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Bed Bugs Hide During Day, Wait For Your Slumber

WEST HARTFORD, Conn. -- It hides during the day and bites while you sleep. A bed bug is a bloodsucking insect, no bigger than an apple seed. It's capable of laying up to 500 eggs in its lifetime.

"Bed bugs are on the rise and we're seeing probably a 500 percent increase over three years ago," said Cindy Mannes of the National Pest Management Association. "We're seeing bed bugs in places from anything like five-star hotels to dormitories, to school lockers, to apartment buildings to residential homes."

So why has the number of these biting bugs ballooned across the country? Bed bug are great hitchhikers. They can catch a ride in your luggage, shoes and pant hems. "They're not only in the mattresses like people think -- they can be behind picture frames, chairs in the room, anything surrounding the bed itself," said Dean Vatteroni of All Season's Budget Pest Control. "Behind the framing are very hot spots for them. They can be tucked in there, the underside of the box spring. The tufts of the mattress here are very common spots to find them."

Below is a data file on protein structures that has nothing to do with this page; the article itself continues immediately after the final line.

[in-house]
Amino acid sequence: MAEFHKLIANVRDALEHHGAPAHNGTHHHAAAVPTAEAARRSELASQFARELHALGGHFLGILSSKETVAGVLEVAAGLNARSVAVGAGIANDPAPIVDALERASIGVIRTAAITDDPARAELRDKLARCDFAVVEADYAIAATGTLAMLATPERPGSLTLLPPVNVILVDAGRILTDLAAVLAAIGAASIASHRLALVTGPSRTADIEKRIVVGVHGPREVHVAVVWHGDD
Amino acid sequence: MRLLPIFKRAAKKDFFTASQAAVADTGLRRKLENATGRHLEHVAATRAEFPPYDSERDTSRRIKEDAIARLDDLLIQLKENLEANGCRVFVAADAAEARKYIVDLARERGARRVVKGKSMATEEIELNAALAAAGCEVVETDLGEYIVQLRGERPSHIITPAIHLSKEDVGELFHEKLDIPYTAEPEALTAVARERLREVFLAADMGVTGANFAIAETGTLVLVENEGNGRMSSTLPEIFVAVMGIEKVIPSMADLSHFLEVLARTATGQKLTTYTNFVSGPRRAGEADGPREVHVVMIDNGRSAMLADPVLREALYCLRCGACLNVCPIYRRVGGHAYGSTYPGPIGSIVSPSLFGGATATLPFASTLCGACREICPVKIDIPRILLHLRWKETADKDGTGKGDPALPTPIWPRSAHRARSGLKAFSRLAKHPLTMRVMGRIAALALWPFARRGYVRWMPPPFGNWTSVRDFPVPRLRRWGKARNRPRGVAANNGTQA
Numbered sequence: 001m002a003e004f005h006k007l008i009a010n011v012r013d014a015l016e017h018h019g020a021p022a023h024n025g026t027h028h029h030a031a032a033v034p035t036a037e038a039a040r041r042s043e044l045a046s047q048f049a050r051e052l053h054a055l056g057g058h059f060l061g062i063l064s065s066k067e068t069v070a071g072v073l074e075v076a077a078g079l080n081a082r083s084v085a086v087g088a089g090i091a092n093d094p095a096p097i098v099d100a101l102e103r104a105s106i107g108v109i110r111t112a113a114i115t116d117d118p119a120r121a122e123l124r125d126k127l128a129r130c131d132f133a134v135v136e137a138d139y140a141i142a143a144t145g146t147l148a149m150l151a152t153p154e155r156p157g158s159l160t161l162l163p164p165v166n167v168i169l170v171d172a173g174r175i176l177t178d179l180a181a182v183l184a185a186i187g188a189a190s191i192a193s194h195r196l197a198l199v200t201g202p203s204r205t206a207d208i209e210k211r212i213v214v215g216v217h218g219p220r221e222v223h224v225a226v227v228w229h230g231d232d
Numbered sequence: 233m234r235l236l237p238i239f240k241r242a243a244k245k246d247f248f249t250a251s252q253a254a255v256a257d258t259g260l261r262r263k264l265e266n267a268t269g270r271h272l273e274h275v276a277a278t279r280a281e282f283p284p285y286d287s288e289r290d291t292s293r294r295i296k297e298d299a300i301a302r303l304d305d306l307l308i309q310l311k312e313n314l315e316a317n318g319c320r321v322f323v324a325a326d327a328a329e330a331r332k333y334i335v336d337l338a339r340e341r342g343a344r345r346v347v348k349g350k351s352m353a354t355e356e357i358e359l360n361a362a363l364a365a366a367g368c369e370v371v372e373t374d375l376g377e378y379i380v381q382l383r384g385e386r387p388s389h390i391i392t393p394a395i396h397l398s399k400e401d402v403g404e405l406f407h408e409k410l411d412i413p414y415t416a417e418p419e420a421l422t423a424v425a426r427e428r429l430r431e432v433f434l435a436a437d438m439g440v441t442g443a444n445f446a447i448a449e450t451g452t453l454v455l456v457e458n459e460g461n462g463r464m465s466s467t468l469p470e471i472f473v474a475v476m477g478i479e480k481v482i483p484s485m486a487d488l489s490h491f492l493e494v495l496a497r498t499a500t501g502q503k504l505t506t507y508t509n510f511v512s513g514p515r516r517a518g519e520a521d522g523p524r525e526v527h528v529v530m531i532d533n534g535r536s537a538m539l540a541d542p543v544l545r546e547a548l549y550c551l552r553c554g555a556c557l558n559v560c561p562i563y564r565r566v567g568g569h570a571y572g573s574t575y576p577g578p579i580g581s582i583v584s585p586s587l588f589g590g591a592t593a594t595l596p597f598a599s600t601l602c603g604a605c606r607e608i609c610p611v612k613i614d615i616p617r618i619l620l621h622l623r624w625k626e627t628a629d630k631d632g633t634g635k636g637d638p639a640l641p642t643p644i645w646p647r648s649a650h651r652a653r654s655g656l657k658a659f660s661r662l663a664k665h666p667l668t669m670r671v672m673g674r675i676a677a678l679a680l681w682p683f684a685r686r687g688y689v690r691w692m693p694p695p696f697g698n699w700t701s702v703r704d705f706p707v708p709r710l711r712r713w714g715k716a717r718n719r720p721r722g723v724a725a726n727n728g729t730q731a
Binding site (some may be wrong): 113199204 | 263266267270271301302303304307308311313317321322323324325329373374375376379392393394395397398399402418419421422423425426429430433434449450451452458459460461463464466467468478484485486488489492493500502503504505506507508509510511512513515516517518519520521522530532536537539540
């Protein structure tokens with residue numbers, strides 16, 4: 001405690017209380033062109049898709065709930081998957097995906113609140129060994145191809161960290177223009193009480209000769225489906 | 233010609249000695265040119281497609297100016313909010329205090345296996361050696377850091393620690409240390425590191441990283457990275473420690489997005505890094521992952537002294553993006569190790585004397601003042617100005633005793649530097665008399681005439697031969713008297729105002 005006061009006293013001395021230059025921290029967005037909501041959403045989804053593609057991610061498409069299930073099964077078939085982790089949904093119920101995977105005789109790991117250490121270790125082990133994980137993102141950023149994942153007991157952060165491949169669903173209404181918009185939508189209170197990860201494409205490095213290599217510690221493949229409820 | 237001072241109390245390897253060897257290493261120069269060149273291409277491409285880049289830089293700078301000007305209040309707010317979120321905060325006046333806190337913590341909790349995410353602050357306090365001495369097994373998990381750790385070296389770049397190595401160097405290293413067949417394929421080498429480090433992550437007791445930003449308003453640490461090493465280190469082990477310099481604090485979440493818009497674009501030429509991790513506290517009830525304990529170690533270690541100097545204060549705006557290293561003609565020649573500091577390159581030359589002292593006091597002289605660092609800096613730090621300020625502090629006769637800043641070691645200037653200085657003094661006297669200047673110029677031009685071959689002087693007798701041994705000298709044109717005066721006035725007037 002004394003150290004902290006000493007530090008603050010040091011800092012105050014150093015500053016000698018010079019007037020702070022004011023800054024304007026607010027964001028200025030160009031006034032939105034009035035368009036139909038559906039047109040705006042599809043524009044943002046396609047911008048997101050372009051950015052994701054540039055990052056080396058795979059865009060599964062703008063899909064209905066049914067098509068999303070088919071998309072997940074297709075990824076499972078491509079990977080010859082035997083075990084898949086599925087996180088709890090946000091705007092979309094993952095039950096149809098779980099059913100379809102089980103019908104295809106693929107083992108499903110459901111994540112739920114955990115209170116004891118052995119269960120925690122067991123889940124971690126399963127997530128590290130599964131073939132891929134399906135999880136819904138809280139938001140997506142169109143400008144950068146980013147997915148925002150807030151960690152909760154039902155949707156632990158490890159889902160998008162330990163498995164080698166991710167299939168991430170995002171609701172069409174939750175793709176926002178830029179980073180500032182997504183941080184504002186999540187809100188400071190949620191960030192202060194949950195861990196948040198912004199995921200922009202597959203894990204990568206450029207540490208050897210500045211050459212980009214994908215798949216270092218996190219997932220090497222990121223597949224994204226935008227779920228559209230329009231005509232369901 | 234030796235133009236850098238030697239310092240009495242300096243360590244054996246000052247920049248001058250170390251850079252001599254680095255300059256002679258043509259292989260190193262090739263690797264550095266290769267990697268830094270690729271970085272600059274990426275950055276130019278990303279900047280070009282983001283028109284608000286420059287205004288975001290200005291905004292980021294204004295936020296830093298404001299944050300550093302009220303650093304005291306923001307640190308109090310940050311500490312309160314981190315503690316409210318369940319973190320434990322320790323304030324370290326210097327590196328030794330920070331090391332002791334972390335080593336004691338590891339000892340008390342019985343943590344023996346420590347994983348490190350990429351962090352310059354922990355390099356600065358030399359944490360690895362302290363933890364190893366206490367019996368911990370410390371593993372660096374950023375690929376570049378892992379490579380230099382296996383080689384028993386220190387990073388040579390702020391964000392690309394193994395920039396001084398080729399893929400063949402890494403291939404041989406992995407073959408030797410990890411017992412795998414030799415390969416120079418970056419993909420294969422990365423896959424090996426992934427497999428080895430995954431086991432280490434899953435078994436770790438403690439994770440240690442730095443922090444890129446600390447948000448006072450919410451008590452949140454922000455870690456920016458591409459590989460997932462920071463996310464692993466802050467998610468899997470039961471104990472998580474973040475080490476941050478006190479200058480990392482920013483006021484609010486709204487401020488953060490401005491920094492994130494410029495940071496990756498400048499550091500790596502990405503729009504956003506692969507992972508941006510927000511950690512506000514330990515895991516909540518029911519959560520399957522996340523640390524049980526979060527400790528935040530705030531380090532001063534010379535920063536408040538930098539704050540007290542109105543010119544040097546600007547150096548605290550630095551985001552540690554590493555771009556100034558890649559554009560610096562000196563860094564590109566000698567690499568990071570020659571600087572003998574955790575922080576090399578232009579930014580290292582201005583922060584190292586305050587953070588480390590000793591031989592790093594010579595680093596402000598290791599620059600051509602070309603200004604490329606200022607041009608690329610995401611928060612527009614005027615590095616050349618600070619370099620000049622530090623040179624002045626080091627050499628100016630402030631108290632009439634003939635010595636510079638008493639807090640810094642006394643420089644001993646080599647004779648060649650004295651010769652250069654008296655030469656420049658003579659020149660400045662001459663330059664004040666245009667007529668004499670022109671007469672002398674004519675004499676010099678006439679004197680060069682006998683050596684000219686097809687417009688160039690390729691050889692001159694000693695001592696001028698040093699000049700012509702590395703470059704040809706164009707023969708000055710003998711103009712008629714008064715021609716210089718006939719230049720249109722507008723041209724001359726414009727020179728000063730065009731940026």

Many times, you'll see small red dots of blood from feeding bugs. They also leave droppings on the sheets. A serious infestation will cause a sickly, sweet smell.

 Health experts believe they do not carry diseases. But most people do have an allergic reaction to the bite and end up with itchy, red welts.

The best way to battle the bugs is a multi-pronged attack. Contact a pest-control company if you have an infestation.

Reduce the chance of bringing the bugs in by vacuuming out your suitcases after returning from a trip. Throw the vacuum cleaner bag away in an outside container.